LESSON: Linear models, Scatter plots, curve fitting and correlation
FOCUS QUESTION: How can I determine whether two variables are related?
This lesson shows you how to determine whether two variables are related by fitting a linear model (straight line) and by calculating the correlation between the two sets of values. This lesson also introduces scatter plots as a way of visualizing this relationship.
Contents
 DATA FOR THIS LESSON
 SETUP FOR LESSON
 EXAMPLE 1: Load the Darwin Finch beak size parentage data
 EXAMPLE 2: Define variables for child and parent beak sizes
 EXAMPLE 3: Calculate and output the beak size correlations
 EXAMPLE 4: Plot the average parent beak size against the child beak size
 EXAMPLE 5: Edit the figure of EXAMPLE 4
 EXAMPLE 6: Calculate and output the best fit lines for beak parentage
 EXAMPLE 7: Predict the child beak sizes from its parent beak sizes (linear model)
 EXAMPLE 8: Calculate the error between child beak sizes and model predictions
 EXAMPLE 9: Find mean square error (MSE)
 EXAMPLE 10: Find root mean squared error (RMS)
 SUMMARY OF SYNTAX
DATA FOR THIS LESSON
File  Description 
DaphneIsland.txt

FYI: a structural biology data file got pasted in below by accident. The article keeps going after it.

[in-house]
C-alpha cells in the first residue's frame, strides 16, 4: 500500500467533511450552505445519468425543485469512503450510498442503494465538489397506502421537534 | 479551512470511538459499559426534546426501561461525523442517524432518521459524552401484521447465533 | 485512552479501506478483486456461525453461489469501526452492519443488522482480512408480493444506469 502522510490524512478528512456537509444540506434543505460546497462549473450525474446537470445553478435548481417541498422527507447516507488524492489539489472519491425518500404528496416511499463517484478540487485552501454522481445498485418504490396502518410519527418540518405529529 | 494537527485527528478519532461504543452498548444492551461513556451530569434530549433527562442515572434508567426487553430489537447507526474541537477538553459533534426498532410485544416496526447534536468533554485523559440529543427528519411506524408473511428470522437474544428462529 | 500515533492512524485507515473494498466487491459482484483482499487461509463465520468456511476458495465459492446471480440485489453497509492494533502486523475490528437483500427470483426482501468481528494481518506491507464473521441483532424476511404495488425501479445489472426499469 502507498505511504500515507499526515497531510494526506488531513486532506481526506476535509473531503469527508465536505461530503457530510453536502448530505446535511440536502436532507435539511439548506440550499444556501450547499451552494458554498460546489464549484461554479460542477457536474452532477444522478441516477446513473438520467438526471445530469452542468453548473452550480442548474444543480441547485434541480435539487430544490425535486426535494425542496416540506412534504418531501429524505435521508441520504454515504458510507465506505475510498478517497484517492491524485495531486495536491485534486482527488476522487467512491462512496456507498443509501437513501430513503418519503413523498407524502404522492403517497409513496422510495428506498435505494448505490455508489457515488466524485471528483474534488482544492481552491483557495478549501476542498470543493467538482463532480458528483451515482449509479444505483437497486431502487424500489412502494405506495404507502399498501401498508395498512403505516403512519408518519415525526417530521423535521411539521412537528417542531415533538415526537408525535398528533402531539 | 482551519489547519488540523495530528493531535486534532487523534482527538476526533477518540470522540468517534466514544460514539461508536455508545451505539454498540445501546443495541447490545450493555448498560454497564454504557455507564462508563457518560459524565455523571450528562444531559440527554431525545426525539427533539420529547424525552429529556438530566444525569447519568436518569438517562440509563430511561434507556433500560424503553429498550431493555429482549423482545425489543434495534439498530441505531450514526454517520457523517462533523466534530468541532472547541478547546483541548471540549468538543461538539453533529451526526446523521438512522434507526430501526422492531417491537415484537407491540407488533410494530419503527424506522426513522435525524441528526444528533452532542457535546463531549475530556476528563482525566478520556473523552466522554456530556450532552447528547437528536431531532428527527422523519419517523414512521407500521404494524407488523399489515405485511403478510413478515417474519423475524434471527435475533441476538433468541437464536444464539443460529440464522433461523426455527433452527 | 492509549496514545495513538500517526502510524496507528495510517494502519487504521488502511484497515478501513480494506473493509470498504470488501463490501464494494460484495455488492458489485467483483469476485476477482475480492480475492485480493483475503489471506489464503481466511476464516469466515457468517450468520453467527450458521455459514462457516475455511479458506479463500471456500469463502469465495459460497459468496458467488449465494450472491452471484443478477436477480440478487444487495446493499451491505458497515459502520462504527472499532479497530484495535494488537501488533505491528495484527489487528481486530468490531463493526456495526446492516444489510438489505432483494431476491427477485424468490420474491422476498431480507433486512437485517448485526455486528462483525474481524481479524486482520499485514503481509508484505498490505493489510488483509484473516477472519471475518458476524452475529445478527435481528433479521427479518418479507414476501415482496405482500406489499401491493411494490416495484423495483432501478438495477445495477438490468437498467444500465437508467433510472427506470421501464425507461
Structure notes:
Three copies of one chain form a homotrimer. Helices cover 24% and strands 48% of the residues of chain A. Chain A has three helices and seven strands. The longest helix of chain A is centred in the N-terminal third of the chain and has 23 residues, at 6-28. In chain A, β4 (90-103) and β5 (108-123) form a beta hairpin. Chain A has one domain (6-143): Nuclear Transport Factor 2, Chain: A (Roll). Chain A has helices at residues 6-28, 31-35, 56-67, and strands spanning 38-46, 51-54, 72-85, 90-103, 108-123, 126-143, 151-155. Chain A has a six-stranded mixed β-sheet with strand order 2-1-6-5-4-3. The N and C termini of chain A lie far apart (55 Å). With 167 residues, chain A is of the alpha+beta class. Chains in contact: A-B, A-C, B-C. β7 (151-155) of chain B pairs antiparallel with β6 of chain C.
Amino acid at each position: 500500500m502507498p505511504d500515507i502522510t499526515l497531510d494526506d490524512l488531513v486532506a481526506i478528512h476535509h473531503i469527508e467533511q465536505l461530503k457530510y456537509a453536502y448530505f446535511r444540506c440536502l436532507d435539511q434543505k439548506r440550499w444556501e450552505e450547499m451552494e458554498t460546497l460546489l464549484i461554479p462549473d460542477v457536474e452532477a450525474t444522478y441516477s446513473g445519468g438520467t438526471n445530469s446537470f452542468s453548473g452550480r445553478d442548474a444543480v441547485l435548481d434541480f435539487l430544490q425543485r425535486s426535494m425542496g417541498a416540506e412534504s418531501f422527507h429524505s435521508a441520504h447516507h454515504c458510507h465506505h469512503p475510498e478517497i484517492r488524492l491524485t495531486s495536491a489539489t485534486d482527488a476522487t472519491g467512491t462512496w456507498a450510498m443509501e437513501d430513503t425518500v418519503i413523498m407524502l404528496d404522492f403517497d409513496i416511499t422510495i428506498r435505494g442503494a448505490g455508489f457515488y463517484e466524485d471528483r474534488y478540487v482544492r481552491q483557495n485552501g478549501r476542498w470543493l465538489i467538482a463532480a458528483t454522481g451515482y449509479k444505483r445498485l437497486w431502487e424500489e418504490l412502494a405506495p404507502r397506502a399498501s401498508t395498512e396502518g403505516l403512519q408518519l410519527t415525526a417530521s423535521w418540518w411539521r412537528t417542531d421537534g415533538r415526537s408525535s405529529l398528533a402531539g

SETUP FOR LESSON
 Create an LinearModels directory on your V: drive and make it your current directory.
 Download the NYCDiseases.mat and the DaphneIsland.txt to your LinearModels directory.
 Create a LinearModelLesson script file in your LinearModels directory.
EXAMPLE 1: Load the Darwin Finch beak size parentage data
Create a new cell in which you type and execute:
beaks = load('DaphneIsland.txt');
You should see a beaks variable in your Workspace.
EXAMPLE 2: Define variables for child and parent beak sizes
Create a new cell in which you type and execute:
child = beaks(:, 1); % Size of offspring beaks parent = mean(beaks(:, 2:3), 2); % Average the parent beak sizes
You should 2 additional variables in your Workspace Browser:
 child  a column vector containing the offspring beak sizes
 parent  a column vector containing the average of the parents' beak sizes
EXAMPLE 3: Calculate and output the beak size correlations
Create a new cell in which you type and execute:
pCorr = corr(parent, child);
fprintf('Parentchild beak correlation: %g\n', pCorr)
You should see the pCorr variable in your Workspace Browser and the following output in your Command Window:
Parentchild beak correlation: 0.72319
EXAMPLE 4: Plot the average parent beak size against the child beak size
Create a new cell in which you type and execute:
tString = ['Daphne island finches (corr = ', num2str(pCorr) ')']; figure('Name', tString) % Put title on the window plot(parent, child, 'ko') % Plot a scatter plot xlabel('Parent beak size (mm)'); % Label the xaxis ylabel('Child beak size (mm)'); % Label the yaxis title(tString); % Put title on the graph
You should see a Figure Window with the following plot:
EXAMPLE 5: Edit the figure of EXAMPLE 4
 Make the plot editable. (Use Tools>Edit Plot from the Figure Window menubar.)
 Add a linear fit line. (Use Tools>Basic Fitting from the Figure Window menubar.)
 Save the figure as BeakSize.fig.
EXAMPLE 6: Calculate and output the best fit lines for beak parentage
Create a new cell in which you type and execute: